Careers & Outcomes

Careers after Comparative Literature 

Comparative Literature and Comparative Arts majors find internships and jobs--in the United States and abroad--where they do research, write and edit, or teach, while gaining experience and learning about fields as diverse as the environment and the arts and entertainment industries.

Majors in Comparative Literature can enter degree programs in professional fields including Journalism, Law, Librarianship, and Business. Majors can study Education, to become certified to teach literature or languages in a high school. Or they can pursue a graduate degree in Comparative Literature or a national literature in preparation for a career in teaching and research at a college or university.

Where our alumni are working

With 94% of reporting graduates secured opportunities within 6 months of graduation, WashU CompLit majors have gone on to graduate studies, internships, academia, and have been employed in fields such as education, advertising and media, marketing, research, and journalism.  Here are just a few of the top destinations for WashU CompLit major graduates.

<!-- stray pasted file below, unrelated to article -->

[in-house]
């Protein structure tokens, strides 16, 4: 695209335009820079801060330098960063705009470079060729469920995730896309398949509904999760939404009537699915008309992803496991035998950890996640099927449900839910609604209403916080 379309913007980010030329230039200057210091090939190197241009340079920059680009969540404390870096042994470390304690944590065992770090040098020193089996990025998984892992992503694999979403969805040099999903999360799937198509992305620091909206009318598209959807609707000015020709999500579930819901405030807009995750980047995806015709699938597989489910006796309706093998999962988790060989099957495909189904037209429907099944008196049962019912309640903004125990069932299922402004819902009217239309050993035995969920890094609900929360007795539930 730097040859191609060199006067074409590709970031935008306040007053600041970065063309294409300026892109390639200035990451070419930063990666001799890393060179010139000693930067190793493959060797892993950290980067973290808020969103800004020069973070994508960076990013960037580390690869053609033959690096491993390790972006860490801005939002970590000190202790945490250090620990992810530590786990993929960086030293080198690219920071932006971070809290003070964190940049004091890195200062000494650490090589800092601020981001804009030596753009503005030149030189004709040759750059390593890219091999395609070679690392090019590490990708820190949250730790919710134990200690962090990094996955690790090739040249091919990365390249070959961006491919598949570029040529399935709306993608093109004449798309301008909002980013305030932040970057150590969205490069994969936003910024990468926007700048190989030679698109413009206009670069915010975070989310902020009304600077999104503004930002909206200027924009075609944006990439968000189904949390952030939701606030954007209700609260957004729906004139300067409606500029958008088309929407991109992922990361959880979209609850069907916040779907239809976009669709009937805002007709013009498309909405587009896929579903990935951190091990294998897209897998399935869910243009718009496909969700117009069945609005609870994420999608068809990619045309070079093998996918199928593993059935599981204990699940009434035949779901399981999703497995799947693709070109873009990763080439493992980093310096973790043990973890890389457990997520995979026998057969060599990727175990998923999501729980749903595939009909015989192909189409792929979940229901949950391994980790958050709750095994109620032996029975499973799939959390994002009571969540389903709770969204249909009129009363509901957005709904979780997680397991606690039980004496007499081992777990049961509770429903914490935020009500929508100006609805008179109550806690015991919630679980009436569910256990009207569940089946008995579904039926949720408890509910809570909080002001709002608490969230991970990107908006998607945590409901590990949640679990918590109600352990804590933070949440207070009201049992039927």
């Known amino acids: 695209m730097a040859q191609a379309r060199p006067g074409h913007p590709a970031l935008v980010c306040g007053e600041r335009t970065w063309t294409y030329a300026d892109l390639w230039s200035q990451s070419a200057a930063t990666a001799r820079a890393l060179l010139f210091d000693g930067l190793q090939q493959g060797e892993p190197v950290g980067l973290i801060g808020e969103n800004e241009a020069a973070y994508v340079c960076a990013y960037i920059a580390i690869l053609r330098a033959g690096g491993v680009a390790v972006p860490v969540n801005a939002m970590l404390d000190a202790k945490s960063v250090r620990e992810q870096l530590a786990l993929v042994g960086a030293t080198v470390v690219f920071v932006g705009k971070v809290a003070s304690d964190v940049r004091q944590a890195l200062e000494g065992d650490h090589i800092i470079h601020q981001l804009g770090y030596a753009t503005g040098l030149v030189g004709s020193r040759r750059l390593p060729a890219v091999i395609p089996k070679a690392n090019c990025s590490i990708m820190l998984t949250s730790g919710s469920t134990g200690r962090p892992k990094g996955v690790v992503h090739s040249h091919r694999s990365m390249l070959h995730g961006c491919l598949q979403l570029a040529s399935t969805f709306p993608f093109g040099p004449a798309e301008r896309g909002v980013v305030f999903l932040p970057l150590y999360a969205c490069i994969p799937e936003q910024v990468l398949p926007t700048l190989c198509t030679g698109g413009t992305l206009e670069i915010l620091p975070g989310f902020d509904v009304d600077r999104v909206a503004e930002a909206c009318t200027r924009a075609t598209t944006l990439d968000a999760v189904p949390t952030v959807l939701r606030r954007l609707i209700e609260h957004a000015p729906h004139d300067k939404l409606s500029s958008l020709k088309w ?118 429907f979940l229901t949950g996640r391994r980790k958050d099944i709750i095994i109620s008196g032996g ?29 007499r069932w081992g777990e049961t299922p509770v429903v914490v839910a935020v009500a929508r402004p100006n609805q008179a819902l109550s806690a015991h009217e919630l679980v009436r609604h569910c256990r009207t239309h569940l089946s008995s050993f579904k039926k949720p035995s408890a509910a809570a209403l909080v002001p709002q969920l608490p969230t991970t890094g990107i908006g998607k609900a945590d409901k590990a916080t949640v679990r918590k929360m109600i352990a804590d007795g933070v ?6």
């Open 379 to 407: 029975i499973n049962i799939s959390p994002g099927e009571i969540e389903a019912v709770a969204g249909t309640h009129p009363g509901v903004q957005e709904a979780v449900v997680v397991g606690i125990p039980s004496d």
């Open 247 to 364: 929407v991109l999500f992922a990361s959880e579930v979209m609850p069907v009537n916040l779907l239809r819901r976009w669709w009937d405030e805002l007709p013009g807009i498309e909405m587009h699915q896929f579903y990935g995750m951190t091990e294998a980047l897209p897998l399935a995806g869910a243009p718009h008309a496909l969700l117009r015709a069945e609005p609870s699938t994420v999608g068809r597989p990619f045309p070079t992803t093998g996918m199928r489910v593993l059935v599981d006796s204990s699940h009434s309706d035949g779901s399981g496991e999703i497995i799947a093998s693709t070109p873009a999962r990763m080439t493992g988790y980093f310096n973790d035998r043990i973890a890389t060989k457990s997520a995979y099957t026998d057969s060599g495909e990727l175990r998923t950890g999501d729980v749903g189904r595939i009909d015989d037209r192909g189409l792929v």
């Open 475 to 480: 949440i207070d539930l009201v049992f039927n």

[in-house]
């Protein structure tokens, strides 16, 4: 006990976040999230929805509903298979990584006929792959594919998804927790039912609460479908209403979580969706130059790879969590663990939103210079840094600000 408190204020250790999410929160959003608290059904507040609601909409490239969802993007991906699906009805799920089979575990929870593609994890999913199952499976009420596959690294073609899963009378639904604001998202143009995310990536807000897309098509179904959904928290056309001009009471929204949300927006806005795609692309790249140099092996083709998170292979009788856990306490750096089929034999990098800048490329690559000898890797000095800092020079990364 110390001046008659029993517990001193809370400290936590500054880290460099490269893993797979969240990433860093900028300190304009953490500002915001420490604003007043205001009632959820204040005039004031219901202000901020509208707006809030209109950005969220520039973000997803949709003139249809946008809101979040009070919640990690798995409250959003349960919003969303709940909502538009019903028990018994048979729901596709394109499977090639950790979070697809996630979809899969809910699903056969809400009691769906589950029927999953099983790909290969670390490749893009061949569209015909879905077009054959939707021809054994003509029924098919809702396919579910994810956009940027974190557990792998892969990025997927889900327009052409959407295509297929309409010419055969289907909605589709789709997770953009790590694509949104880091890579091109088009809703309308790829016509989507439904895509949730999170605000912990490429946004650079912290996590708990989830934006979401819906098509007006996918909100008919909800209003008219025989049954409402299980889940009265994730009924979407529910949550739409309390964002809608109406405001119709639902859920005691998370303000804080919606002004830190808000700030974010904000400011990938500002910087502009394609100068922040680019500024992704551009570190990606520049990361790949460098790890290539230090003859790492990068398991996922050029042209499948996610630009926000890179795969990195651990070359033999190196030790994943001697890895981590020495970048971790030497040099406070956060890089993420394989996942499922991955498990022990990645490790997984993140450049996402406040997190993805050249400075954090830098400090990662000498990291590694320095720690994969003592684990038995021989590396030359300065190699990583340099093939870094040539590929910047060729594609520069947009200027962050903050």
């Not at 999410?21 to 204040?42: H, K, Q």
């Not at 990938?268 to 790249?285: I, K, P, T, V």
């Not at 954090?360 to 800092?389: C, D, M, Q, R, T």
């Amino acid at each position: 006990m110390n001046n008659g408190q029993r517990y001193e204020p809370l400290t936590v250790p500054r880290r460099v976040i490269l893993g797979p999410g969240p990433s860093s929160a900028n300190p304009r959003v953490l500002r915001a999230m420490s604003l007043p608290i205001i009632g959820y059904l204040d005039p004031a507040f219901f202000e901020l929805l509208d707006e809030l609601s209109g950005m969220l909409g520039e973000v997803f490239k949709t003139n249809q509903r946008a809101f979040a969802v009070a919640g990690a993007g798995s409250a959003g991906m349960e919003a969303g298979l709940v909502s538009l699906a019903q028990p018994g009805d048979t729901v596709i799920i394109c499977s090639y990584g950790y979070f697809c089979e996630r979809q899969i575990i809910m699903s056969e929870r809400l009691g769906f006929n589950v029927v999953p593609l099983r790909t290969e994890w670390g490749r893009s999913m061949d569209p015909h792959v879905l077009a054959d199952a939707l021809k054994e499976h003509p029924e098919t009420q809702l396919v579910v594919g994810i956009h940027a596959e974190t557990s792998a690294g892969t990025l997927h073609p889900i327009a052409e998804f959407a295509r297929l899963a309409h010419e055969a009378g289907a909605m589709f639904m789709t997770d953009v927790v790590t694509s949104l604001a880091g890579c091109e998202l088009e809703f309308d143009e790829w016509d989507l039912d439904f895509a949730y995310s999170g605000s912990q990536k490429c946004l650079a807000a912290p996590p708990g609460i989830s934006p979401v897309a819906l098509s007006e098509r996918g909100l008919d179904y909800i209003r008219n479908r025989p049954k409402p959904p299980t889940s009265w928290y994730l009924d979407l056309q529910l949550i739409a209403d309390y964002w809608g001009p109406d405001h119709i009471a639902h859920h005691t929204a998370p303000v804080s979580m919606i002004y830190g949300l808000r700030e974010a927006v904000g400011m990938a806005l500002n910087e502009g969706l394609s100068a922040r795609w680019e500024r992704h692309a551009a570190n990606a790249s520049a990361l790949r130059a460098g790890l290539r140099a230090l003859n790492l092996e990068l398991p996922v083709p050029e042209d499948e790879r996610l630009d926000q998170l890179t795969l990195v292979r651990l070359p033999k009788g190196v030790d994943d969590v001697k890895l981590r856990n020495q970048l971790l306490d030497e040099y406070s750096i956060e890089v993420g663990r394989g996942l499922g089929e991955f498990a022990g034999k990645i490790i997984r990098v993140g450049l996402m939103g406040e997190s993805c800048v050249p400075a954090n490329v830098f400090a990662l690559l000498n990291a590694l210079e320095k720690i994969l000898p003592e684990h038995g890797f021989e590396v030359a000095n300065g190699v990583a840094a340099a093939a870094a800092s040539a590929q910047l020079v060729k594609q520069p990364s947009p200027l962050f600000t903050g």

Post-Grad Employers: 

  • athenahealth
  • Children's Hospital Oakland Research Institute
  • Epic
  • French Government
  • Fross Zelnick Lehrman & Zissu, P.C.
  • Gemdale Group
  • Giorgio Armani Corporation
  • John Wiley and Sons
  • Match Education
  • Overlook Press
  • The Pulitzer Foundation for the Arts
  • US Dept of Defense


  • Converse
  • Dollars & Sense Magazine
  • DREAM Project
  • Fidelity Investments
  • GCAM
  • Georgio Armani Corporation
  • Literacy Volunteers of America
  • Mission City Community Network
  • National Geographic Society
  • NOW: National Organization for Women
  • Rob Voeman Studio
  • St. Louis Crisis Nursery
  • The Berman Group
  • Viget Labs
  • Washington University in St. Louis


Studying Comparative Literature taught me to place any translation, work of literature or artwork into the context in which it was created. I learned that creation cannot exist in a vacuum; social, historical, political, geographic and cultural context is key. This perspective, learned from a nontraditional academic path, can make me a more thoughtful, empathetic and ethical designer.

―Tori SgarroCompLit, class of 2015